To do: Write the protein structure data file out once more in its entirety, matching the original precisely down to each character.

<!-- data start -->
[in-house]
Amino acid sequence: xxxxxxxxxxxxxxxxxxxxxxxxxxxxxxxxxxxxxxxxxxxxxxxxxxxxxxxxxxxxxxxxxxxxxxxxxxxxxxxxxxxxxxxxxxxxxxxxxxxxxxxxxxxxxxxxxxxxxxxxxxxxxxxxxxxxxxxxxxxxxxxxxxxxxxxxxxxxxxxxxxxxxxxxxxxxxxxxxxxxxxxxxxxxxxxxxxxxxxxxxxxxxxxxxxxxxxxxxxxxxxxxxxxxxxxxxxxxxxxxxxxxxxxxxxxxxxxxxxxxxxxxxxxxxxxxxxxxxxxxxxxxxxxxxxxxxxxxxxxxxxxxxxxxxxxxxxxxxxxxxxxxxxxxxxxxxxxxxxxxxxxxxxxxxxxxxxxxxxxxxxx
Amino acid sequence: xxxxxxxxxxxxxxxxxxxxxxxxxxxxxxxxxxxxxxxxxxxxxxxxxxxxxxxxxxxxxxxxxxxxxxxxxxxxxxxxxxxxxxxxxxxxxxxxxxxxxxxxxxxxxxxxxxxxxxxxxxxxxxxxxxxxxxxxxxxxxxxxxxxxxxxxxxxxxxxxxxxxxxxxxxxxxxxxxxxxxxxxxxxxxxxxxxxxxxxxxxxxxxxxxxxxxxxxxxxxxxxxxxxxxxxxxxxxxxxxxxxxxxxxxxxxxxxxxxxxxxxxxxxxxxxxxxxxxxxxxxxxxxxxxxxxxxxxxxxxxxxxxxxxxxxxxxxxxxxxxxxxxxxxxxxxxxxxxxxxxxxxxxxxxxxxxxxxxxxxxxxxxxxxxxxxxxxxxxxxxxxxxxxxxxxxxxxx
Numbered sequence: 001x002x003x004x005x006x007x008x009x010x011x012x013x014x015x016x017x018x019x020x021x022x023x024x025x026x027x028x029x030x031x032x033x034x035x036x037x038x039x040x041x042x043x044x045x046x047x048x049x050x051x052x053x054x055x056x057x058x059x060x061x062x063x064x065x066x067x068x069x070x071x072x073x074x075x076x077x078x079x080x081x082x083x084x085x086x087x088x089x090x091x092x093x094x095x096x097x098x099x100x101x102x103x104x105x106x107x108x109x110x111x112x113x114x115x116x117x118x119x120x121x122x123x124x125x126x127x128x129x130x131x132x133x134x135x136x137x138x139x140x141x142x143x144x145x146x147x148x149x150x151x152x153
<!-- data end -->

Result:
[in-house]
Amino acid sequence: xxxxxxxxxxxxxxxxxxxxxxxxxxxxxxxxxxxxxxxxxxxxxxxxxxxxxxxxxxxxxxxxxxxxxxxxxxxxxxxxxxxxxxxxxxxxxxxxxxxxxxxxxxxxxxxxxxxxxxxxxxxxxxxxxxxxxxxxxxxxxxxxxxxxxxxxxxxxxxxxxxxxxxxxxxxxxxxxxxxxxxxxxxxxxxxxxxxxxxxxxxxxxxxxxxxxxxxxxxxxxxxxxxxxxxxxxxxxxxxxxxxxxxxxxxxxxxxxxxxxxxxxxxxxxxxxxxxxxxxxxxxxxxxxxxxxxxxxxxxxxxxxxxxxxxxxxxxxxxxxxxxxxxxxxxxxxxxxxxxxxxxxxxxxxxxxxxxxxxxxxxx
Amino acid sequence: xxxxxxxxxxxxxxxxxxxxxxxxxxxxxxxxxxxxxxxxxxxxxxxxxxxxxxxxxxxxxxxxxxxxxxxxxxxxxxxxxxxxxxxxxxxxxxxxxxxxxxxxxxxxxxxxxxxxxxxxxxxxxxxxxxxxxxxxxxxxxxxxxxxxxxxxxxxxxxxxxxxxxxxxxxxxxxxxxxxxxxxxxxxxxxxxxxxxxxxxxxxxxxxxxxxxxxxxxxxxxxxxxxxxxxxxxxxxxxxxxxxxxxxxxxxxxxxxxxxxxxxxxxxxxxxxxxxxxxxxxxxxxxxxxxxxxxxxxxxxxxxxxxxxxxxxxxxxxxxxxxxxxxxxxxxxxxxxxxxxxxxxxxxxxxxxxxxxxxxxxxxxxxxxxxxxxxxxxxxxxxxxxxxxxxxxxxxx
Numbered sequence: 001x002x003x004x005x006x007x008x009x010x011x012x013x014x015x016x017x018x019x020x021x022x023x024x025x026x027x028x029x030x031x032x033x034x035x036x037x038x039x040x041x042x043x044x045x046x047x048x049x050x051x052x053x054x055x056x057x058x059x060x061x062x063x064x065x066x067x068x069x070x071x072x073x074x075x076x077x078x079x080x081x082x083x084x085x086x087x088x089x090x091x092x093x094x095x096x097x098x099x100x101x102x103x104x105x106x107x108x109x110x111x112x113x114x115x116x117x118x119x120x121x122x123x124x125x126x127x128x129x130x131x132x133x134x135x136x137x138x139x140x141x142x143x144x145x146x147x148x149x150x151x152x153